Knox’s four amateur detectives are a pleasingly varied bunch from different backgrounds. Among their number are a priest, an academic and a man who had served in intelligence during the War and they each adopt their own approach to solving the mystery.

That mystery is quite a neat little puzzle however that I think rewards the reader’s patience if they stick with it. There are some aspects of the case that are quite technical and will involve thinking about railway timetables and characters’ movements while other developments are more in the adventure style such as traps being set. Knox stitches these elements together well to tell his story and I appreciated that the clues keep coming right up to the final few chapters of the book, making the excitement build towards its conclusion.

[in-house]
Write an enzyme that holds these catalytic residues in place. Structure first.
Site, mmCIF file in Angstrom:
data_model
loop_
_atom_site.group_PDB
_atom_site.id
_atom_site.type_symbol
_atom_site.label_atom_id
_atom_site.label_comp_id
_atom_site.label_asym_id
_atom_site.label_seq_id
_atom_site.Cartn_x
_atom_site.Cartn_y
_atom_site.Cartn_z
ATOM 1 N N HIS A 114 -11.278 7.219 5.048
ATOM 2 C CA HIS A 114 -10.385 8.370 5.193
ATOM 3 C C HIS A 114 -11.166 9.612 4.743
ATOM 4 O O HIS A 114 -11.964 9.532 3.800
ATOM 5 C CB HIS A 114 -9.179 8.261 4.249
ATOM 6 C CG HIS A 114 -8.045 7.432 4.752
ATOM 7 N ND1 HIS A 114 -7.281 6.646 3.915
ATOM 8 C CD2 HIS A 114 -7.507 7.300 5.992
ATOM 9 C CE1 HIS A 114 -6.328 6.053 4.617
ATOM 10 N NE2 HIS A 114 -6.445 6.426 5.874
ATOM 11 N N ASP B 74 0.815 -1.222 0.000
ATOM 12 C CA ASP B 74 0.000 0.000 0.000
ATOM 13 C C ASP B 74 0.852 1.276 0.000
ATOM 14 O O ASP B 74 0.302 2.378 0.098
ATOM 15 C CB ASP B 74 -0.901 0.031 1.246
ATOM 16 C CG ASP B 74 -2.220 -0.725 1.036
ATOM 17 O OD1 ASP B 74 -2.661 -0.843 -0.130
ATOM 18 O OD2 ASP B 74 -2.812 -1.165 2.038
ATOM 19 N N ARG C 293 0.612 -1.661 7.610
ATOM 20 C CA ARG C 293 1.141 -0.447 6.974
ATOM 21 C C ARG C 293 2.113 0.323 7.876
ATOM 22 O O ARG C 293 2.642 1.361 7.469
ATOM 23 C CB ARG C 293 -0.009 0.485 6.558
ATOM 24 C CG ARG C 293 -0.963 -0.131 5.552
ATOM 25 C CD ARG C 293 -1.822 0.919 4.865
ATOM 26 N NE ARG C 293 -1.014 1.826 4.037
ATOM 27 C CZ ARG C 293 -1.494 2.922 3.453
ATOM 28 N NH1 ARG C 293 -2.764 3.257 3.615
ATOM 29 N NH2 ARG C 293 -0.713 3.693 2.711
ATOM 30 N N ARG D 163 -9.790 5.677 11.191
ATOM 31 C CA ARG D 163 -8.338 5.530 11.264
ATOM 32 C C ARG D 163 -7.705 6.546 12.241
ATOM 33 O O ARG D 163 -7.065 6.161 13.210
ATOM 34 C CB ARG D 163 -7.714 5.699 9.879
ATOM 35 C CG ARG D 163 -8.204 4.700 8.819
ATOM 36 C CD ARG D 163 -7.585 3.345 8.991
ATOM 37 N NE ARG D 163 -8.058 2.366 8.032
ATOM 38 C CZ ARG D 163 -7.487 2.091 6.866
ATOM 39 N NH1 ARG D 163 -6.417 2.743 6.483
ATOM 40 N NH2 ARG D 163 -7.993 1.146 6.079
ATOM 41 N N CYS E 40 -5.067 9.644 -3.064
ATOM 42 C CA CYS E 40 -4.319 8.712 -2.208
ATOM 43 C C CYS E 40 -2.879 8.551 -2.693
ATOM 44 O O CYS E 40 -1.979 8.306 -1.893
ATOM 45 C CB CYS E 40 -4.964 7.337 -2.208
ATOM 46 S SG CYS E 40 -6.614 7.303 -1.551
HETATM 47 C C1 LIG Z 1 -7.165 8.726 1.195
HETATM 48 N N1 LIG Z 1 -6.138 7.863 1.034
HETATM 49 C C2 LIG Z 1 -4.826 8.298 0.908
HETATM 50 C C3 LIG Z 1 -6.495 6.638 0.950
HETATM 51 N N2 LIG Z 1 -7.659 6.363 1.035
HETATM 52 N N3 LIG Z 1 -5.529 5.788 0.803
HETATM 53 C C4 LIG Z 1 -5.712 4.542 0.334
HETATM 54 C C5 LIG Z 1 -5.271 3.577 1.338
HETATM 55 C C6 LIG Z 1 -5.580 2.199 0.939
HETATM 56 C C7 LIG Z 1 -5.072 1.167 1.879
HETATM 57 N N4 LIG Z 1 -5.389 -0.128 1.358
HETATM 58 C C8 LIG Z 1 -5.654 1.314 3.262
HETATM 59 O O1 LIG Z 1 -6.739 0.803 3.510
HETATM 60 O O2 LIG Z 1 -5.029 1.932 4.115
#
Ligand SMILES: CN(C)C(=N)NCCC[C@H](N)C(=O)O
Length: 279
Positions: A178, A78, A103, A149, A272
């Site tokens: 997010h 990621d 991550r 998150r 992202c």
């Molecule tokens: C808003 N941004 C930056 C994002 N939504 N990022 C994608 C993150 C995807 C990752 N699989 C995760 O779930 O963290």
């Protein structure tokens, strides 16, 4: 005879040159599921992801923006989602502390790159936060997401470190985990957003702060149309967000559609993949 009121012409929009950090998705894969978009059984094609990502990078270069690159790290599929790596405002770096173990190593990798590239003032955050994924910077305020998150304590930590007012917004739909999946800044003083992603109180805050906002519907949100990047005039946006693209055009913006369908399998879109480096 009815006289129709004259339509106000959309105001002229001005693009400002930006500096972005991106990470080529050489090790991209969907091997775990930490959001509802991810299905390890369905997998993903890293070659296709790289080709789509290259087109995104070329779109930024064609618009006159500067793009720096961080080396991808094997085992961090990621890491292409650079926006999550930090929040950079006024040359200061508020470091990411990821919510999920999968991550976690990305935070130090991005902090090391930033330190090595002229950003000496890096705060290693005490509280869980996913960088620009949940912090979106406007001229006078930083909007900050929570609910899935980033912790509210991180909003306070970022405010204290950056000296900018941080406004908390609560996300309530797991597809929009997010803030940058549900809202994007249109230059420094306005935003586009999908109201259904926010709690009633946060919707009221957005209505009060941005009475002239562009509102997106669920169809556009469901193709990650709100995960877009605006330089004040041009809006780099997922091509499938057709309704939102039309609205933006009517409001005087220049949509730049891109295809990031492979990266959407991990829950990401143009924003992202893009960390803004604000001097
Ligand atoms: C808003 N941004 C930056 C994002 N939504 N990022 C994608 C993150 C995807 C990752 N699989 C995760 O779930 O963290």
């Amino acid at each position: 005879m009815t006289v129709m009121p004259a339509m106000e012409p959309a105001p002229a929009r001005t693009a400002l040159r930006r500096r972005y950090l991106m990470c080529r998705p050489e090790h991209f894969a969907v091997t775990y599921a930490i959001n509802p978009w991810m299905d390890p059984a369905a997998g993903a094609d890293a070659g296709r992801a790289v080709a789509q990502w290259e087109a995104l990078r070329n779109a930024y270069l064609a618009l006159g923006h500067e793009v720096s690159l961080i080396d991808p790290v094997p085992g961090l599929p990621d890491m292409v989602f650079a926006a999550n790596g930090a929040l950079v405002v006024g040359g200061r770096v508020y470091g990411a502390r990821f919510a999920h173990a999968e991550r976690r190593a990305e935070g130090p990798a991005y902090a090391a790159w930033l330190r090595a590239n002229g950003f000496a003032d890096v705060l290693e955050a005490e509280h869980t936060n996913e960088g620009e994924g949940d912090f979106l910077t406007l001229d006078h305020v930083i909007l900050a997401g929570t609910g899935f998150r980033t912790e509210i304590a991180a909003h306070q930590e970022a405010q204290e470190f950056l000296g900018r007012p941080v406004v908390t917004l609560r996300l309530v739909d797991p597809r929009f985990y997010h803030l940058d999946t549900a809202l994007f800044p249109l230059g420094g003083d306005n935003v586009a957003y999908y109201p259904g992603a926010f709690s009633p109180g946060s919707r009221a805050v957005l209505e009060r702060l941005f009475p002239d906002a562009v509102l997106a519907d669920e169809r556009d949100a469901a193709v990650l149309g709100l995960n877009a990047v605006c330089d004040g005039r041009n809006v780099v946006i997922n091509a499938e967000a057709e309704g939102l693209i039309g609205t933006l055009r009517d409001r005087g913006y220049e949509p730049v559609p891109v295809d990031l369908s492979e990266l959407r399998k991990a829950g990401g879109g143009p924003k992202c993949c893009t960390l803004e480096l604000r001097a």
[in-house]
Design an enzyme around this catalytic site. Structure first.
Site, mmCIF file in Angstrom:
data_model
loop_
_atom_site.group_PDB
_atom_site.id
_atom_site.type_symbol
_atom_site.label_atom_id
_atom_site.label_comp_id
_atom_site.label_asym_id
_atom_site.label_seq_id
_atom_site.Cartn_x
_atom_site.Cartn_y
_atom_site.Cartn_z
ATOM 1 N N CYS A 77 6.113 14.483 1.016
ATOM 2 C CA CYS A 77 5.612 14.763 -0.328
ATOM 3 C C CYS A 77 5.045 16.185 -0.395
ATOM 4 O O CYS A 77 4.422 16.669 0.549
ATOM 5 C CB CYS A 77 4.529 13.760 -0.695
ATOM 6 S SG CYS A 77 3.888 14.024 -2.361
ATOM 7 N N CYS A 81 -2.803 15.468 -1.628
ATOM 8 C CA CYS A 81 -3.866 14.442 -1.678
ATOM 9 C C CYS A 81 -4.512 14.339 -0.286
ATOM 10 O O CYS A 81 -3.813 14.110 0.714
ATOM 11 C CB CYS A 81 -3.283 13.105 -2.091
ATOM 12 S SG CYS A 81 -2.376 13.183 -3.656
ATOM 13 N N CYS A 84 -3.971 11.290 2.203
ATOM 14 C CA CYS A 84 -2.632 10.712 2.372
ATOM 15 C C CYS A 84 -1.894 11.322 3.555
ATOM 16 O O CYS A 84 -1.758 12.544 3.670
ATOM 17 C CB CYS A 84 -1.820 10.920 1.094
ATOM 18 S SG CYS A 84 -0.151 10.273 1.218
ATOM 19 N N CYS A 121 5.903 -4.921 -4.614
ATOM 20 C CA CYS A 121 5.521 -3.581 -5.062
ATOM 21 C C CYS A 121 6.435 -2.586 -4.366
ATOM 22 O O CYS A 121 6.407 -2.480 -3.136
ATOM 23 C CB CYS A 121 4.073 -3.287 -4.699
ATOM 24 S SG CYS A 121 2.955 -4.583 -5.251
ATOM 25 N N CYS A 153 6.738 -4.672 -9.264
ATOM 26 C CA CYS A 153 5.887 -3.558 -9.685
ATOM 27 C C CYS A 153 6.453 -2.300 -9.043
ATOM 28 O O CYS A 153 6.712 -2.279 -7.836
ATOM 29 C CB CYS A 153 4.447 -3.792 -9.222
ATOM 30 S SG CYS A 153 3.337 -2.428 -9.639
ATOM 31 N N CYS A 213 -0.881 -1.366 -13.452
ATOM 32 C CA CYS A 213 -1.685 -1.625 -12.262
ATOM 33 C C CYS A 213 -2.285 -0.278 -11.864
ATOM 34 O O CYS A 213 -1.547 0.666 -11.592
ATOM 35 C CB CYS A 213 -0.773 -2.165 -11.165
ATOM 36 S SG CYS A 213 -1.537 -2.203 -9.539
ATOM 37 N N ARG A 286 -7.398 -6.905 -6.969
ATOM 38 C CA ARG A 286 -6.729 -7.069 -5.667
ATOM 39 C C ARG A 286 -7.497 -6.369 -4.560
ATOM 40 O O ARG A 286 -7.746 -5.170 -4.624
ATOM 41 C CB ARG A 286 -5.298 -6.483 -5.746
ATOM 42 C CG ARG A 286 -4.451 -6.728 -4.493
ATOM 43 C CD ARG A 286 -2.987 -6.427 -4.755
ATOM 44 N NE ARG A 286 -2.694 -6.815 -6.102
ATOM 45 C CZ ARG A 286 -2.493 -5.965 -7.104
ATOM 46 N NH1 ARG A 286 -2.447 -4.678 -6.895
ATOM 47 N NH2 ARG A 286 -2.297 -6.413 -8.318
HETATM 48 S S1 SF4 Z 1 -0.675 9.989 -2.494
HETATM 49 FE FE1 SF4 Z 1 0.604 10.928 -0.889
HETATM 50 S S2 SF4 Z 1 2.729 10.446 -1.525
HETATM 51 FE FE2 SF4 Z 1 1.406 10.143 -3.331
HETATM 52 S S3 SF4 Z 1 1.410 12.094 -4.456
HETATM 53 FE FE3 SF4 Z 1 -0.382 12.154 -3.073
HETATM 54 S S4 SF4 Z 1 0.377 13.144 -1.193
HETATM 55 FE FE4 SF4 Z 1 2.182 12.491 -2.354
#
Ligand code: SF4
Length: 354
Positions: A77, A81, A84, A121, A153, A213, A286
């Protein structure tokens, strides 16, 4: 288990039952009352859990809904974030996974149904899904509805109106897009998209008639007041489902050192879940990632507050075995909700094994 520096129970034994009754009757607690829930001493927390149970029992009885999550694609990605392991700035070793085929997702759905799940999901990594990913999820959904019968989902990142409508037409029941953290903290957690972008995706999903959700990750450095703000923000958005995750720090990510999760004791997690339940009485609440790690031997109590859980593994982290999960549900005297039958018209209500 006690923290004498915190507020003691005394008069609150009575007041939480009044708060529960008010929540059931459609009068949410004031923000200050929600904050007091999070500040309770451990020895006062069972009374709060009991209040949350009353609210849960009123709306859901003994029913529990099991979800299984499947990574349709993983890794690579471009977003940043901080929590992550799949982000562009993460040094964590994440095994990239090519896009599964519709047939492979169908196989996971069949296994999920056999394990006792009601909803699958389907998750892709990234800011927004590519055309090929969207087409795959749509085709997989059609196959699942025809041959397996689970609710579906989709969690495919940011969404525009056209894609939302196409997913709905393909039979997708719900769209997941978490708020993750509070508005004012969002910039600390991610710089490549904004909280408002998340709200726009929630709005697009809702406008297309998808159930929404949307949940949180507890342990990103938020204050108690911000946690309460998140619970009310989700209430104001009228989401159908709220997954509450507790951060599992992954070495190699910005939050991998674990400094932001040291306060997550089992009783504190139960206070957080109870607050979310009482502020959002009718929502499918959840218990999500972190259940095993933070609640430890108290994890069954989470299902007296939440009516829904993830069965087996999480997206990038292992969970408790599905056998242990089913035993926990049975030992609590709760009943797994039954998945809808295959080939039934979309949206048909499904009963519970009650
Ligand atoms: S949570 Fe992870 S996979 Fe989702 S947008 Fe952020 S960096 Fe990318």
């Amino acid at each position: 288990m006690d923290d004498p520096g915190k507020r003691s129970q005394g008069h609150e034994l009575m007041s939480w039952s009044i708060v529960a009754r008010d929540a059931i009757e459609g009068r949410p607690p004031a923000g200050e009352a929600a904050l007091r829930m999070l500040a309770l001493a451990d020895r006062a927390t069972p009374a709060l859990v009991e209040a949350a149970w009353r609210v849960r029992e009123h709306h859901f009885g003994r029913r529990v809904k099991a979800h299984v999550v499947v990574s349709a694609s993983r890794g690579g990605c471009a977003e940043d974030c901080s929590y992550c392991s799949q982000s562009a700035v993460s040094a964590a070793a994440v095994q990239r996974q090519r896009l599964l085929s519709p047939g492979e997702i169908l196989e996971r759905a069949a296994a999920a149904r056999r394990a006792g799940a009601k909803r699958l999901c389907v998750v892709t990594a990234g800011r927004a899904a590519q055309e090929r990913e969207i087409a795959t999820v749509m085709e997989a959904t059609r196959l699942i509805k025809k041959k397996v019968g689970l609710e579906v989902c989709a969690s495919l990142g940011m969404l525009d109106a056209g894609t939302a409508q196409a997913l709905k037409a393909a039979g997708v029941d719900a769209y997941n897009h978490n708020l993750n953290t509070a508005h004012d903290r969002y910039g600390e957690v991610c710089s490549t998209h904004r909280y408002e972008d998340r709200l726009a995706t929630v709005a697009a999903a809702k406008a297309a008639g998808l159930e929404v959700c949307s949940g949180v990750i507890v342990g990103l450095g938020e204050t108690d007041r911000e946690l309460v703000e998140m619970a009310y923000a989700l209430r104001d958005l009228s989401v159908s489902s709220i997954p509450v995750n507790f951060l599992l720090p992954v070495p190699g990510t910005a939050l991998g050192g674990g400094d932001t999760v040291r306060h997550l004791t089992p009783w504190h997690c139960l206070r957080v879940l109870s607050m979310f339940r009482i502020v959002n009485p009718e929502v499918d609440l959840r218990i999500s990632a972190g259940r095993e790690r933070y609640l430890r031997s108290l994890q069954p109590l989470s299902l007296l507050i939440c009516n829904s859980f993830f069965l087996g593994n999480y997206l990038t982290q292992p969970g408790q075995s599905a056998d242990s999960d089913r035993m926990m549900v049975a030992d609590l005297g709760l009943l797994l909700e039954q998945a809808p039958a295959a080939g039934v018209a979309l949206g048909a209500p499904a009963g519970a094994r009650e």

One of my favorite moments in the book is also among its strangest as one of our heroes presents us with a use for chewing gum that I had never encountered before and which would be quite clever if Knox could convince me it was plausible. As it is, I think of it as one of the book’s many little quirks and appreciated its novelty.

I was a little less impressed with Knox’s ultimate choice of murderer and I did feel that the book suffers from not establishing enough credible, developed characters with motives to kill. This gave the moment of the reveal a somewhat anticlimactic feel but while the killer’s identity may not be a big surprise, I enjoyed the final chapter in which it is revealed precisely how they committed the crime.